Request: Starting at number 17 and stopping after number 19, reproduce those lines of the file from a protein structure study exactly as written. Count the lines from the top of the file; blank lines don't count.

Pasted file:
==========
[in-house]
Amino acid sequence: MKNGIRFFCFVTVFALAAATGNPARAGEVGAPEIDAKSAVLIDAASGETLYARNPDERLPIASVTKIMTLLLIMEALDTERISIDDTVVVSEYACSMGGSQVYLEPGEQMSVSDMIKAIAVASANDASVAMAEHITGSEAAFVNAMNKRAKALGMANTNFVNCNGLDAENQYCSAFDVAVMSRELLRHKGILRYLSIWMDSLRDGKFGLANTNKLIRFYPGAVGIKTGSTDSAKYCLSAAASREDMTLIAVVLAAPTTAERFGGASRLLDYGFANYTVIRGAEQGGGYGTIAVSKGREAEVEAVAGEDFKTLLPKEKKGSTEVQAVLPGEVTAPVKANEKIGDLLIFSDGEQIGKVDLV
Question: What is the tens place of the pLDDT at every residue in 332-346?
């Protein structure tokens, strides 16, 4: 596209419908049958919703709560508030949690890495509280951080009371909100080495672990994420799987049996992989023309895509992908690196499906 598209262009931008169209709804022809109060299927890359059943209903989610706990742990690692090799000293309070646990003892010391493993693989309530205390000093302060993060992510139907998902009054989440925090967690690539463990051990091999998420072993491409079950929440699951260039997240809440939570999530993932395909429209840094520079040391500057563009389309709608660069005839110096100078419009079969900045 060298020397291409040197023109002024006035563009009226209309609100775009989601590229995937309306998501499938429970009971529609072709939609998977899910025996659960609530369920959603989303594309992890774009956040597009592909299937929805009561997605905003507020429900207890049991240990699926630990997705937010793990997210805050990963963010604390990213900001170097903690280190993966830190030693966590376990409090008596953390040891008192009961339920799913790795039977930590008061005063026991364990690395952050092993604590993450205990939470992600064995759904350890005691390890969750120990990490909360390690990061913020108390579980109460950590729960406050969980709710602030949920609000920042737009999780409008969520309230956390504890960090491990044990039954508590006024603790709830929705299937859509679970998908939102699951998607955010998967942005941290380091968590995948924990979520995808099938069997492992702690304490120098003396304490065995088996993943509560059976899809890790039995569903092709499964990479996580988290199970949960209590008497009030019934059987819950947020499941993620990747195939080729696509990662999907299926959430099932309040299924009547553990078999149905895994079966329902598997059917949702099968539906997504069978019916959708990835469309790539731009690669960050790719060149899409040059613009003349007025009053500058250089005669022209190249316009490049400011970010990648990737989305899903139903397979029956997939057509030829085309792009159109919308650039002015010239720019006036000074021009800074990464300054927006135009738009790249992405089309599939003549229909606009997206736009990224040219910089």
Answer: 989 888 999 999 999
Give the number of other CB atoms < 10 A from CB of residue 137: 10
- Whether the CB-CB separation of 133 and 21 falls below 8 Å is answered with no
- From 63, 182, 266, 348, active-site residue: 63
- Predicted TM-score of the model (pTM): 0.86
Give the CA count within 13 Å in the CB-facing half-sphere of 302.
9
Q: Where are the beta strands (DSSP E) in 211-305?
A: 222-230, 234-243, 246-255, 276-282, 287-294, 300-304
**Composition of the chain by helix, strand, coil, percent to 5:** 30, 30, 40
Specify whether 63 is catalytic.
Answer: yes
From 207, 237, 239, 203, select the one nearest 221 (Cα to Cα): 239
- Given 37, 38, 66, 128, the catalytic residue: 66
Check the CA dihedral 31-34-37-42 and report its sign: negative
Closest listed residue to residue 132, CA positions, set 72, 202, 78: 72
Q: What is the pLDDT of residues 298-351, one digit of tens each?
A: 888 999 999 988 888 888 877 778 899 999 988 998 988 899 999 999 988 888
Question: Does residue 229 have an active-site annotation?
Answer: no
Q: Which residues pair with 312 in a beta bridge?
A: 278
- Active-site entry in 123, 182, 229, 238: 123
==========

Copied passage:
From 207, 237, 239, 203, select the one nearest 221 (Cα to Cα): 239
- Given 37, 38, 66, 128, the catalytic residue: 66
Check the CA dihedral 31-34-37-42 and report its sign: negative